What is the “When is a Door Not a Door?” Riddle

When is a door not a door? When it’s ajar. Get it? A jar? This joke with all the puns is an example of what is called a riddle. You might ask, “What is a riddle?” It’s a type of puzzle with clever wording that’s fun to try to figure out.

Riddles have been around for a long time and have been used in many stories and myths. Join us for a look at the history of riddles and a collection of more fun riddles that you or your friends can use to test your knowledge.

How Riddles Came to Be

We don’t know how long people have been telling riddles, but the oldest written riddle was found on a set of Sumerian cuneiform tablets from more than 4,500 years ago.

“There is a house. One goes in blind and leaves able to see. “What’s that?” “A school” is the correct answer. Riddles are interesting because many ancient cultures seemed to like them as much as we do now.

Riddles from the past can be found in the Bible and in the writings of early Greeks and Norse people.

Riddles were still fun in the Middle Ages, as shown by the Exeter Book, an Anglo-Saxon book from the 10th century that has more than 90 riddles. It seems that riddles have always been a part of popular culture, no matter when they were made.

How Does a Joke Become a Riddle?

Riddles and jokes are alike because they both depend on using words in a clever or surprising way. But riddles usually ask people to guess what something is by comparing it to things that don’t seem to have anything to do with it.

When you tell someone a joke, you probably don’t always expect them to know the answer because it could be anything. The fun part about the riddle is that it gives you clues and hints that you can use to figure out the answer if you pay close enough attention.

Jokes are always meant to be funny, which is another important difference. Riddles can be funny, but they don’t always have to be. Riddles are more about making the person who hears them think and use their imagination.

A riddle isn’t just meant to make people laugh; it’s meant to get them to think outside the box and look at problems from different points of view.

How Riddles Fit into Stories and Myths

In stories, riddles are often given by one character to another as a challenge to figure out. Riddles have been used in stories for a long time, from ancient mythology to modern literature.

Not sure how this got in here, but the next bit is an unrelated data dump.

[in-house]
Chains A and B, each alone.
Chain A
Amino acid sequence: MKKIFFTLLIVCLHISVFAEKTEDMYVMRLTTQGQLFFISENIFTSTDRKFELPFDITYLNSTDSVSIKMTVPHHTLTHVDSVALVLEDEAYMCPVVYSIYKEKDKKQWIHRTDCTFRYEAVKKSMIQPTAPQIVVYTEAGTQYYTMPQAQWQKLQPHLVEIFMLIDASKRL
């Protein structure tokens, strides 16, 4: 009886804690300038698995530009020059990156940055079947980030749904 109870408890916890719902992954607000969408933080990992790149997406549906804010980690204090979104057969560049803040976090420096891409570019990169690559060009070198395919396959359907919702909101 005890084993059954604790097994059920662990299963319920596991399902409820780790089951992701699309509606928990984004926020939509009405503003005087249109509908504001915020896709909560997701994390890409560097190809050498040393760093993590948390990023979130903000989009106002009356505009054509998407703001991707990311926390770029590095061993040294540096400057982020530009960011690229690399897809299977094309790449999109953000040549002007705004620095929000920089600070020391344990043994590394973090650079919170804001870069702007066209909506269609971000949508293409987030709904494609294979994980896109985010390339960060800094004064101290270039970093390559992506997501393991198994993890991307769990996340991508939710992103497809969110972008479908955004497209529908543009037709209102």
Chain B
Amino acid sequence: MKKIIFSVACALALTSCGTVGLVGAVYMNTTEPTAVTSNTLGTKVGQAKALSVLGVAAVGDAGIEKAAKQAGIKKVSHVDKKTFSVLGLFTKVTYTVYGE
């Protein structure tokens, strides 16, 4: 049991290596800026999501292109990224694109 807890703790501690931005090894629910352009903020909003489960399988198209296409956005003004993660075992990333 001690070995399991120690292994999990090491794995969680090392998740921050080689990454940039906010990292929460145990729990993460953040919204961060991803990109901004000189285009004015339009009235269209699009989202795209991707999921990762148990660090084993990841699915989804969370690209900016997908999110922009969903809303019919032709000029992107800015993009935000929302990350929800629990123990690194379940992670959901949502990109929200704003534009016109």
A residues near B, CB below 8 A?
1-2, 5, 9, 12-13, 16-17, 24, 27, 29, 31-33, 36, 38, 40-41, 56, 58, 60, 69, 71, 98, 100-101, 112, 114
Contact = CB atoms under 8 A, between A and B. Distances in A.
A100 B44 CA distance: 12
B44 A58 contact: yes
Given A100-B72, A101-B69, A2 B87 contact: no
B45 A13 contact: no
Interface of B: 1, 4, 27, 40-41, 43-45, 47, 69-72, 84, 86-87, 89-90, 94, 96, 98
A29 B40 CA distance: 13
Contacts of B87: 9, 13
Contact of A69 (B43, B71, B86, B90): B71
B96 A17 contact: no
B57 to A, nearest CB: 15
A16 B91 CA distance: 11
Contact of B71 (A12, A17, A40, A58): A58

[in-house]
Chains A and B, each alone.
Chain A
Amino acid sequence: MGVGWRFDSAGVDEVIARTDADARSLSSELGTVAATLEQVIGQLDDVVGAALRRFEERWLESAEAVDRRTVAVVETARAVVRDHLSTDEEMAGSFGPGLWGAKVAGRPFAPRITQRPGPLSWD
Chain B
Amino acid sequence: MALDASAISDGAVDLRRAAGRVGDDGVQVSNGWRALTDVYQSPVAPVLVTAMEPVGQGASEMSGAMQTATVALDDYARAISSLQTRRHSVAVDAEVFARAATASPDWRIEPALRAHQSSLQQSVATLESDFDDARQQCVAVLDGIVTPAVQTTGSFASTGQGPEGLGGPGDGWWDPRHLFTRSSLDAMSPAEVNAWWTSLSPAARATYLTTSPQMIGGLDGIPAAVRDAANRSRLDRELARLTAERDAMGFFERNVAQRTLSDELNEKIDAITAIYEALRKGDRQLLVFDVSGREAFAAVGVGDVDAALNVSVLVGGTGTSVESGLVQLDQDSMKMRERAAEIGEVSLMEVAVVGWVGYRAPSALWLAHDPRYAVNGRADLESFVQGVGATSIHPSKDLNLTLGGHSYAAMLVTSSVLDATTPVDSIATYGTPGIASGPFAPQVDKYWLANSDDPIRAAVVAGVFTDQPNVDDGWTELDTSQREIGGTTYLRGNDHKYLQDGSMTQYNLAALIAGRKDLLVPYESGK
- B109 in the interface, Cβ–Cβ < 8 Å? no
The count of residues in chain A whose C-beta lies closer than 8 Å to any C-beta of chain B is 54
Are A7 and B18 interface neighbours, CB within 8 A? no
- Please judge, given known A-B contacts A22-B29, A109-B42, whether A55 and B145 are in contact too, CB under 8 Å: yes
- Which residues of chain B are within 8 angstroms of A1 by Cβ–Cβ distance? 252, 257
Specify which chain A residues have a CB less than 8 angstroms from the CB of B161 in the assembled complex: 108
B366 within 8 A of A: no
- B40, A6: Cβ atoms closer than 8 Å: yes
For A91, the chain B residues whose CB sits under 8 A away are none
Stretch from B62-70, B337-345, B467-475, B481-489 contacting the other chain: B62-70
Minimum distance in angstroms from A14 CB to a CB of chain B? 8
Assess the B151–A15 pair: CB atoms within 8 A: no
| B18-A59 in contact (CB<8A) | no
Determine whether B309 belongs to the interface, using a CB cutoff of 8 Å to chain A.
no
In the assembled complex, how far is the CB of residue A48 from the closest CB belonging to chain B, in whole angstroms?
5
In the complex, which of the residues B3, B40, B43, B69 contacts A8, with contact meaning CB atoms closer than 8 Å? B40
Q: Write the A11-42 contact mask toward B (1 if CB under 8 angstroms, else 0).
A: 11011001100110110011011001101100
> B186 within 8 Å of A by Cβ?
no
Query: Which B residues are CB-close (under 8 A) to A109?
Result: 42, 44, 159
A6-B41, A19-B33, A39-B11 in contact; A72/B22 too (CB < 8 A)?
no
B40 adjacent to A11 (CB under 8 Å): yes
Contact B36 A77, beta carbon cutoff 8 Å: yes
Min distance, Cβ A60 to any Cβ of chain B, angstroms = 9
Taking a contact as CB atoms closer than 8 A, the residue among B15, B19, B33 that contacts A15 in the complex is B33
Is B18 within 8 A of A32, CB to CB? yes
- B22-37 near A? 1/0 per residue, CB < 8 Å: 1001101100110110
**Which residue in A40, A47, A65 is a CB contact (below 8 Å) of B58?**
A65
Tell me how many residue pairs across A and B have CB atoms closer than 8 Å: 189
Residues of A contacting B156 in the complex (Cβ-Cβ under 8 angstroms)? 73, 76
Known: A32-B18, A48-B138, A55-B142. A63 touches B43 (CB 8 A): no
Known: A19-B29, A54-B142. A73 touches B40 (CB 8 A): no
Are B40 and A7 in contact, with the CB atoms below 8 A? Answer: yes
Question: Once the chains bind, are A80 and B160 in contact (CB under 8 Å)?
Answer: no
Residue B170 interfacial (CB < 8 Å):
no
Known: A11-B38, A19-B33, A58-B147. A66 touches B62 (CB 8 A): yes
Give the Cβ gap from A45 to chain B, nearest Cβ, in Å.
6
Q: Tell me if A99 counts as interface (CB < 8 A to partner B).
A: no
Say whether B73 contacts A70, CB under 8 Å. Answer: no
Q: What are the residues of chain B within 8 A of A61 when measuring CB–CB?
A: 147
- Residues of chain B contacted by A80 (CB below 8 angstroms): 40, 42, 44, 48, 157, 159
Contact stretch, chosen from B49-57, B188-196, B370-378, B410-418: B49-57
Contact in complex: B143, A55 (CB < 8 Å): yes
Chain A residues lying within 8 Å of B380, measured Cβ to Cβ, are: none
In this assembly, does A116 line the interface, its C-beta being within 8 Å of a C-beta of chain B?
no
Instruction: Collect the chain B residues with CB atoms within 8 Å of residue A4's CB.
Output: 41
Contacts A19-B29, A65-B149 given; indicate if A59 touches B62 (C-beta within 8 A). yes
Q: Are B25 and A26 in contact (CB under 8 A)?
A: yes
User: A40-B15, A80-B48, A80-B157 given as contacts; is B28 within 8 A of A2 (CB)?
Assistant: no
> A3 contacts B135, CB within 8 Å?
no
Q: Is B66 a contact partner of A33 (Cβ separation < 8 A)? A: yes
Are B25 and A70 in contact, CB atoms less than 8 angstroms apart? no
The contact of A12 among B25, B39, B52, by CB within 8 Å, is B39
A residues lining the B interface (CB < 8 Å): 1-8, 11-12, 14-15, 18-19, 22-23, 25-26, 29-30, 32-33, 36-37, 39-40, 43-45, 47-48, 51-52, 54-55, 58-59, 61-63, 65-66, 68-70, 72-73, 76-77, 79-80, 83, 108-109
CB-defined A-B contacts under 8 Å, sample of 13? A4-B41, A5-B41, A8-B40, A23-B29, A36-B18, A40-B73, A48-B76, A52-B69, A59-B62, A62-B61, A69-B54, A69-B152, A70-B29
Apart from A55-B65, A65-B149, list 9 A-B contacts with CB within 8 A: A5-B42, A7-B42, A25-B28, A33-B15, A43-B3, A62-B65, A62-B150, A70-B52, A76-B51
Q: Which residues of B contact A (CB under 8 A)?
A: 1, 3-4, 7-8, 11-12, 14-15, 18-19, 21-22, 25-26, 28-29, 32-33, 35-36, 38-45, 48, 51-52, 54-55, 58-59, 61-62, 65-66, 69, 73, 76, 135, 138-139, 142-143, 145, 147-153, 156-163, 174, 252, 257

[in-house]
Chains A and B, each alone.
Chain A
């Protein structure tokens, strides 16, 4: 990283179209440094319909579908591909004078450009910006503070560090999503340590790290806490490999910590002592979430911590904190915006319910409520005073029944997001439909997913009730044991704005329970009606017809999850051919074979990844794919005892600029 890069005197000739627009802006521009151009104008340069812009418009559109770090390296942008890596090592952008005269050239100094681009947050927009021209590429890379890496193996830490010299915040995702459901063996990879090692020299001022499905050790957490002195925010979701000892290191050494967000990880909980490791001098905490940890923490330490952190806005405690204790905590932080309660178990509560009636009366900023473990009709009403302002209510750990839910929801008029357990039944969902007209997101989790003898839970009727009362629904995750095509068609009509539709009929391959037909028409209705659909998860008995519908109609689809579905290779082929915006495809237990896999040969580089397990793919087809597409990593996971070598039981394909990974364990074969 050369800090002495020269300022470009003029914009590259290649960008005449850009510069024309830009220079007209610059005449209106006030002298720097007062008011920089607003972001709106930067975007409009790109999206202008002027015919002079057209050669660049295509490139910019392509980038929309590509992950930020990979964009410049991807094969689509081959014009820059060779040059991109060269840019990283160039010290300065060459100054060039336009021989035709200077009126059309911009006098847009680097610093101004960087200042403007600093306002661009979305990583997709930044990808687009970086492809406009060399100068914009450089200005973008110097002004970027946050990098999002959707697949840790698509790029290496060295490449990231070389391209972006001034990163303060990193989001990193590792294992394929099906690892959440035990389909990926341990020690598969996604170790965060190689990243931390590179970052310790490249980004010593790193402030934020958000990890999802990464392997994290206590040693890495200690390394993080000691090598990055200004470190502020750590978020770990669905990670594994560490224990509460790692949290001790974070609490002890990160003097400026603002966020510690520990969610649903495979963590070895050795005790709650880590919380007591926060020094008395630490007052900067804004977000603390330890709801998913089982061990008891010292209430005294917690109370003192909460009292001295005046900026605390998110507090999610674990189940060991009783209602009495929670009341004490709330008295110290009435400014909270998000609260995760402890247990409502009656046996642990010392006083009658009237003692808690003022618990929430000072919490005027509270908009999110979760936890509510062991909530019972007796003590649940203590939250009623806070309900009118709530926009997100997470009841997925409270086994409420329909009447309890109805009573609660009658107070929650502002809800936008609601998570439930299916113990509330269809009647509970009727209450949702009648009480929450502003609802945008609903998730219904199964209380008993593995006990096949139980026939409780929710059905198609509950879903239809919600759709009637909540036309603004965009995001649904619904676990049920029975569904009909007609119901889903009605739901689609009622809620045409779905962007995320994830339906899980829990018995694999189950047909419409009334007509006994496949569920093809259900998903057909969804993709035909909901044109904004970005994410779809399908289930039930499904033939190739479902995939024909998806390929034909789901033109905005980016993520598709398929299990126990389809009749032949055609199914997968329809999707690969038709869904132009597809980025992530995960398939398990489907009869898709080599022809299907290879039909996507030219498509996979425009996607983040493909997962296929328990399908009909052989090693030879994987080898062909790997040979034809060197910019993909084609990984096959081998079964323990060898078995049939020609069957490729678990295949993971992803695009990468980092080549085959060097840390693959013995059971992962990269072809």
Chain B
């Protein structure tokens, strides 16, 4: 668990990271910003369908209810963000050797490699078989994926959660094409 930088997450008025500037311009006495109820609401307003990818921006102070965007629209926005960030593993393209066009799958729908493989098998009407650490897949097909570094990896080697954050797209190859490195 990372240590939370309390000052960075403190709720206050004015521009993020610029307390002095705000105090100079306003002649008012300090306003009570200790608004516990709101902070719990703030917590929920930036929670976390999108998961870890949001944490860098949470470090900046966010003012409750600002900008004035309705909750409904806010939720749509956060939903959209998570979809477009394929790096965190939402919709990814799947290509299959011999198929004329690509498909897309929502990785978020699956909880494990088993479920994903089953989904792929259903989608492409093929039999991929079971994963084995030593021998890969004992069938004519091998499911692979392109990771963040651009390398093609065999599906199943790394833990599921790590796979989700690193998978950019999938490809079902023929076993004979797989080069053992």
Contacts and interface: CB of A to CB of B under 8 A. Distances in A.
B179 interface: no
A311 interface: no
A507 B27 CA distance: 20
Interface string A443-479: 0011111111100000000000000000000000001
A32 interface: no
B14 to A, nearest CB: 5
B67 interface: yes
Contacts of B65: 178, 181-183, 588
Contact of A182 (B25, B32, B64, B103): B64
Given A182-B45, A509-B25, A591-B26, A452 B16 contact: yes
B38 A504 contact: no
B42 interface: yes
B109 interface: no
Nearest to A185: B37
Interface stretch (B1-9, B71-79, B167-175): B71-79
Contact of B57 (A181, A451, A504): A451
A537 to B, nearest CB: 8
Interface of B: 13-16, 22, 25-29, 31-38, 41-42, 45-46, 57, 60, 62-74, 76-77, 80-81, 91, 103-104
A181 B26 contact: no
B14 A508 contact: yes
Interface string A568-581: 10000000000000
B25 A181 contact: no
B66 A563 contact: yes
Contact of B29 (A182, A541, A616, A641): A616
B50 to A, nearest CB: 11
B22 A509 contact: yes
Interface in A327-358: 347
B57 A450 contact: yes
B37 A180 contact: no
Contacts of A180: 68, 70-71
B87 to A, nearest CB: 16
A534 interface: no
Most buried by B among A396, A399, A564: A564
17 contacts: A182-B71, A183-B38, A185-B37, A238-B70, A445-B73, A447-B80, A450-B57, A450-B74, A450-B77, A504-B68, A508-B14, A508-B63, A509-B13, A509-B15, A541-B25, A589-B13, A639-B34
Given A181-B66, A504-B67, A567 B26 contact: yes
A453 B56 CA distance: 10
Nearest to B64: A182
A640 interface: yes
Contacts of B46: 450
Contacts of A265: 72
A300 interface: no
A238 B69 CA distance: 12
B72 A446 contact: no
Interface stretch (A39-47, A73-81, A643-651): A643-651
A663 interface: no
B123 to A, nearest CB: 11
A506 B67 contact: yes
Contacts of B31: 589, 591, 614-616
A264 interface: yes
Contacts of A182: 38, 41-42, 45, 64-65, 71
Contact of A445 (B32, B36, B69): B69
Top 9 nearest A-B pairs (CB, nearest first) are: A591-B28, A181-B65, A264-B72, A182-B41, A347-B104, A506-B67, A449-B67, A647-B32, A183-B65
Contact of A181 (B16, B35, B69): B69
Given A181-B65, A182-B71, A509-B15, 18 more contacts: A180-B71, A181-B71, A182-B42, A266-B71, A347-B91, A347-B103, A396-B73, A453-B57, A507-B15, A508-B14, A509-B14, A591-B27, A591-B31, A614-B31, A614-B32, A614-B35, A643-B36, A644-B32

One reason is to show how smart a character is and challenge the reader to figure out the answer with them. Riddles from J. K. Rowling’s Harry Potter books are all you need. Remember how Harry Potter and the Goblet of Fire had a riddle about the Sphinx? Or the puzzles Harry had to solve as part of the Triwizard Tournament?

These puzzles keep the characters (and the readers) on their toes by making them look at problems from a new angle. Sometimes, authors use riddles as bets between characters with a lot at stake. In J.R.R. Tolkien’s The Hobbit, Bilbo had to figure out a series of riddles to keep Gollum from eating him.

Do you want to find out if you could have passed Gollum’s test? Have a look at these puzzles:

“What has roots that no one can see, is taller than trees, goes up and up, but doesn’t grow?”

“It cries without a voice, flutters without wings, bites without teeth, and mutters without a mouth.”

“It can’t be seen, felt, heard, or smelled. It’s behind the stars and under the hills, and it fills empty spaces. It comes out first and then comes what comes after it. It kills life and laughter.”

“This thing eats everything: birds, animals, trees, and flowers. It gnaws iron and bites steel. It grinds hard stones into meal. It kills a king, destroys a town, and knocks down a mountain.”

Don’t know what to do? The first one is about a mountain, and the second one is about the wind. The answer to the third question is “dark,” and the answer to the last question is “time.”

More Fun Riddles for Kids

Some of the puzzles we’ve talked about are great, but some of them are also very hard. Here are some more fun riddles for kids that you and your friends can use to see how smart you are. We’ll put the answers at the bottom in a paragraph.

What do you own, but someone else uses it more than you do?

What is better to have when it breaks?

What goes up when the rain comes down?

I don’t have feet, hands, or wings, but I can still get to the sky. Qué soy?

A man in a car saw a gold door, a silver door, and a bronze door. What door did he open first?

There are 30 days in some months and 31 days in others. 28 is how many months?

People can see through walls thanks to an old tool that is still used in many parts of the world today. What’s that?

A horse was tied to a rope that was 5 feet long, but the horse’s food was 15 feet away. How was the horse able to get to the food?

Two men played chess for five games. Both teams won the same amount of games, and there were no ties. How could this be?

I run around the pasture but don’t go anywhere. Qué soy?

Don’t try? Find out how to solve each of the above puzzles. 1. Who you are. 2. An Egg. 3. An Umbrella. 4. Smoke. The door to the car. 6. Everyone. 7. A window. 8. There was nothing at the other end of the rope. They were not competing with each other. 10. A fence.

We hope you enjoyed learning more about riddles and getting some new brainteasers to try on your friends and family! Riddles.com has more fun puzzles for you to try.

Joel Gomez
Joel Gomezhttps://www.gadgetclock.com
Joel Gomez is an Avid Coder and technology enthusiast. To keep up with his passion he started Gadgetclock 3 years ago in 2018. Now It's his hobby at the night :) If you have any questions/queries and just wanna chit chat about technology, shoot a mail - Joel at gadgetclock com.

Recent Articles

Related Stories

Stay on op - Ge the daily news in your inbox